Results for "tattoo"

SlashGear 101: Google Smart Contact Lens

SlashGear 101: Google Smart Contact Lens

There's no doubt now that the wearables trend is in full swing, with devices like Motorola's digital tattoos and Google's announcement this week: smart contact lenses. These lenses work with a "miniaturized" glucose sensor that's so very tiny it's able to fit between two layers of contact lens material and fit around your eye, just as a normal lens would. The glucose sensor is there to test the eye's tear-duct liquid to help users with diabetes accurately and simply track their sugar levels.

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Motorola talks Android, Wearables & Nest: The SlashGear Interview

Motorola talks Android, Wearables & Nest: The SlashGear Interview

It's fair to say Motorola had a big 2013, and SlashGear sat down with Steve Horowitz, senior VP of software engineering, and Steve Sinclair, VP of product marketing, at CES last week to talk wearables, contextual ecosystems, and the Internet of Things. The Google-owned company kicked off a new smartphone strategy, epitomized by the always-listening Moto X and the shockingly-affordable Moto G, arguably just as notable for what it left out of its products as what it chose to include. Meanwhile - and topical, given Google has just acquired Nest - we also talked about Motorola's place in the smart home, and where former Android project lead Horowitz sees the smartphone fitting in. Read on for the full interview.

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Tongue-driven wheelchair uses high-tech power piercing

Tongue-driven wheelchair uses high-tech power piercing

Tongue piercings may be associated with rebellion, but one researcher is aiming for revolution instead, creating a Tongue Drive System that allows paralyzed wheelchair users to more easily navigate than traditional hands-free control options. The handiwork of a team at the School of Electrical and Computer Engineering at the Georgia Institute of Technology, the system uses a magnetic tongue stud which is wirelessly tracked by a headpiece, with up to six instructions differentiated by tongue position.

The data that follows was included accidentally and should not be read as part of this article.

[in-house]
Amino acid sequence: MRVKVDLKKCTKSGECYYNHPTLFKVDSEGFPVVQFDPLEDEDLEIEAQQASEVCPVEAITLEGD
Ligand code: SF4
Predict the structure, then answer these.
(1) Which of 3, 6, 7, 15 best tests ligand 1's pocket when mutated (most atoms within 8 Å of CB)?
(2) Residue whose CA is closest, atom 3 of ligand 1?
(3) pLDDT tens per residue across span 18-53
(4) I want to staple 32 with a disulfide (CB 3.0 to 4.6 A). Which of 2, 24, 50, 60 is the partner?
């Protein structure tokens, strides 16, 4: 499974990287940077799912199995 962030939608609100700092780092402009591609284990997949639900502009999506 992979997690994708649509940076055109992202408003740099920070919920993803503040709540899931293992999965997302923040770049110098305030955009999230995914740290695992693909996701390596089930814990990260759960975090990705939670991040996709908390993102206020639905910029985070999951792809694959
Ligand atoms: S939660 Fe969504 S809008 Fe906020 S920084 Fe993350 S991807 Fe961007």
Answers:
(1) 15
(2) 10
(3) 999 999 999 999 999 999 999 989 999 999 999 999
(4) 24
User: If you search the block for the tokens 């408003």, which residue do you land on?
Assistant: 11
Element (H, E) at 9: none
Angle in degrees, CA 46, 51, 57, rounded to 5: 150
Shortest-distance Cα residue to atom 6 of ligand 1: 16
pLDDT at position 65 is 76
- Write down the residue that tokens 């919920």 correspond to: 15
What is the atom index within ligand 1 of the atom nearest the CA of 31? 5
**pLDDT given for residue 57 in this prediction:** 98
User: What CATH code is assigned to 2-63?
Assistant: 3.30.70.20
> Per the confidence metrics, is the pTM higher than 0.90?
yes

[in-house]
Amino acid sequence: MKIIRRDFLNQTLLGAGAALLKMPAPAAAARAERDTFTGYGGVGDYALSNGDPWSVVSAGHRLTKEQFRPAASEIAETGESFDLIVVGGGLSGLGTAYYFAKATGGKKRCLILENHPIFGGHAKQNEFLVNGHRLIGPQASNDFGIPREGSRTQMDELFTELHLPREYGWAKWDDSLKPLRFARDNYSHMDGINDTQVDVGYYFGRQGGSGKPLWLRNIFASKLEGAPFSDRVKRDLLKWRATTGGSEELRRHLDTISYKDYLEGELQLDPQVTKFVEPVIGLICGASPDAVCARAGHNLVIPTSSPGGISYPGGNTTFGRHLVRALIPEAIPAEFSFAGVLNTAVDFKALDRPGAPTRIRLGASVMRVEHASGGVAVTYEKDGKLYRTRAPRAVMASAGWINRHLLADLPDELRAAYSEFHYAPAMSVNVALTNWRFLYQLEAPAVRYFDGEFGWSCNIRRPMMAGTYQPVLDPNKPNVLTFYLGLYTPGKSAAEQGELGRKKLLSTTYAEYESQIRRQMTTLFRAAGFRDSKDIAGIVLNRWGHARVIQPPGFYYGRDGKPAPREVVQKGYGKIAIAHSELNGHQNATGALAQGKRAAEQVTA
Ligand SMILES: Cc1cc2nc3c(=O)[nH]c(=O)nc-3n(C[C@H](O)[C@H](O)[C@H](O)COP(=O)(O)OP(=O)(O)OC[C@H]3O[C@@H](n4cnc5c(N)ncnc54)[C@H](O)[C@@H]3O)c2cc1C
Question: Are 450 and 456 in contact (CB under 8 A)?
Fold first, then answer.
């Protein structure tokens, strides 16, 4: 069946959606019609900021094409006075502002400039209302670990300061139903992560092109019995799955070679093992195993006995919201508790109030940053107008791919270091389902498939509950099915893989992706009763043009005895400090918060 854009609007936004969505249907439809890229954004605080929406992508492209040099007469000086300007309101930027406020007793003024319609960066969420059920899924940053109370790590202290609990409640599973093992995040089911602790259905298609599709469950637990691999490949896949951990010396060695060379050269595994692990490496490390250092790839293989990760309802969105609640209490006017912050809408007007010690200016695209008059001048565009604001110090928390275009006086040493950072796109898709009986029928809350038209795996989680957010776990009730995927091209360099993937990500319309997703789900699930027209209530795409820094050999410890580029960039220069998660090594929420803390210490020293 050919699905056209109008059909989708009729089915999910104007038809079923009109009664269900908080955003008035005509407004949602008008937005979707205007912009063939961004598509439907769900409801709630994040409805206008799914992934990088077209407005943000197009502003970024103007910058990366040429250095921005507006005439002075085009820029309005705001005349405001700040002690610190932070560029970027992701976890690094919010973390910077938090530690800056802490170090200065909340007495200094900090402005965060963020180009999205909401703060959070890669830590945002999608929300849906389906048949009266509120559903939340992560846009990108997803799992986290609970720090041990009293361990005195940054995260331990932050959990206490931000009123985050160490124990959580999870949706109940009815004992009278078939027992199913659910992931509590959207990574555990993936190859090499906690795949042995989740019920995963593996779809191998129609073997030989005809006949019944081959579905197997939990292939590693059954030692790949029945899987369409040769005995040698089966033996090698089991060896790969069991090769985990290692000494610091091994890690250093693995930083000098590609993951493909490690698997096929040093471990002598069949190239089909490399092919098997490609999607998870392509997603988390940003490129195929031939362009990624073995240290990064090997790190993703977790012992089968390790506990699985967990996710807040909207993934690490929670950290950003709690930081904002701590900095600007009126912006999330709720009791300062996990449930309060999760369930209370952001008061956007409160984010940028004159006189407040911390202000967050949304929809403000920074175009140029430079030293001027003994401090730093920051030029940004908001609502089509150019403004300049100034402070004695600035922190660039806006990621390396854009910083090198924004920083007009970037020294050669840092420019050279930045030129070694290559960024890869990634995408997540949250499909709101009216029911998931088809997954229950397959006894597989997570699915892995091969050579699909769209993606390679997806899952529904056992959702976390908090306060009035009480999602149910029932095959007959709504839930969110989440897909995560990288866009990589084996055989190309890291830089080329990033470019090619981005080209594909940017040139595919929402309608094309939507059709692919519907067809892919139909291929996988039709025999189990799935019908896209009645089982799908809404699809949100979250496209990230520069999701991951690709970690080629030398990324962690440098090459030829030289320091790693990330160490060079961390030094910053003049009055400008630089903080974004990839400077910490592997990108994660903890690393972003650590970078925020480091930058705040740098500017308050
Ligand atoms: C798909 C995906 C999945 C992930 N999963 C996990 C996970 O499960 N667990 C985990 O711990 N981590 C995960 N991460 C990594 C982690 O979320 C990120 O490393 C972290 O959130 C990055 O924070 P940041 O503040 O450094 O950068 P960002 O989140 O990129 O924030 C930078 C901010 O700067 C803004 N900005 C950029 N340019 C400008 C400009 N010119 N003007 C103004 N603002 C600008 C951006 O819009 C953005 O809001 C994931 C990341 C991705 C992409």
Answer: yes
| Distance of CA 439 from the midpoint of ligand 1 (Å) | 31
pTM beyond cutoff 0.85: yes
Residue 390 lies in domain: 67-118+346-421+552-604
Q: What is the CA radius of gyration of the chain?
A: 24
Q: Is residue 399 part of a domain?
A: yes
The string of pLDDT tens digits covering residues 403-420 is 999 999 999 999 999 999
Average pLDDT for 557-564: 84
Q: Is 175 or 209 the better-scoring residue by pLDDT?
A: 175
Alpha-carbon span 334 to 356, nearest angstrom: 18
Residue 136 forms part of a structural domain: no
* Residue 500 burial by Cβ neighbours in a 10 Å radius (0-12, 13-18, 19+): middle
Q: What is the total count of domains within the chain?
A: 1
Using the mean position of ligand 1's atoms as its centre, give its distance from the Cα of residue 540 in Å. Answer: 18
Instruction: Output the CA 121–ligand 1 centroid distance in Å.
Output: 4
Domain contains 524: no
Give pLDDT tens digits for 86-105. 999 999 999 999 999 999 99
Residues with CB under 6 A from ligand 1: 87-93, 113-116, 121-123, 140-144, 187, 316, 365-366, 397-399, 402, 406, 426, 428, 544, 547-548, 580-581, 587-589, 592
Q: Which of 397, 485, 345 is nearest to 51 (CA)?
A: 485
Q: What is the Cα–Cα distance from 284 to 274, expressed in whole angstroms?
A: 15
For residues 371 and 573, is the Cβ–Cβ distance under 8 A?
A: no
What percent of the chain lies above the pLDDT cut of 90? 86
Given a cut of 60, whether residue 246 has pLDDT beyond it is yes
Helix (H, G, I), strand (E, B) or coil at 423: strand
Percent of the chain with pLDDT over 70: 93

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Grand Theft Auto Online Stimulus Package delayed: more work needs doing

Grand Theft Auto Online Stimulus Package delayed: more work needs doing

There's little doubt now that the folks behind the scenes at the servers keeping up Grand Theft Auto Online are not having a great couple of weeks. At first it seemed that the rush of users aiming to play the online version of the open sandbox game were experiencing problems that'd be solved quickly - logins and disappearing vehicles amongst them. Now with a GTA$ Stimulus Package announced - cash for reparations for bad service - it would appear that another set of problems have arisen.

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Fifty cents more in sensors could’ve made the iPhone 5s an empath

Fifty cents more in sensors could’ve made the iPhone 5s an empath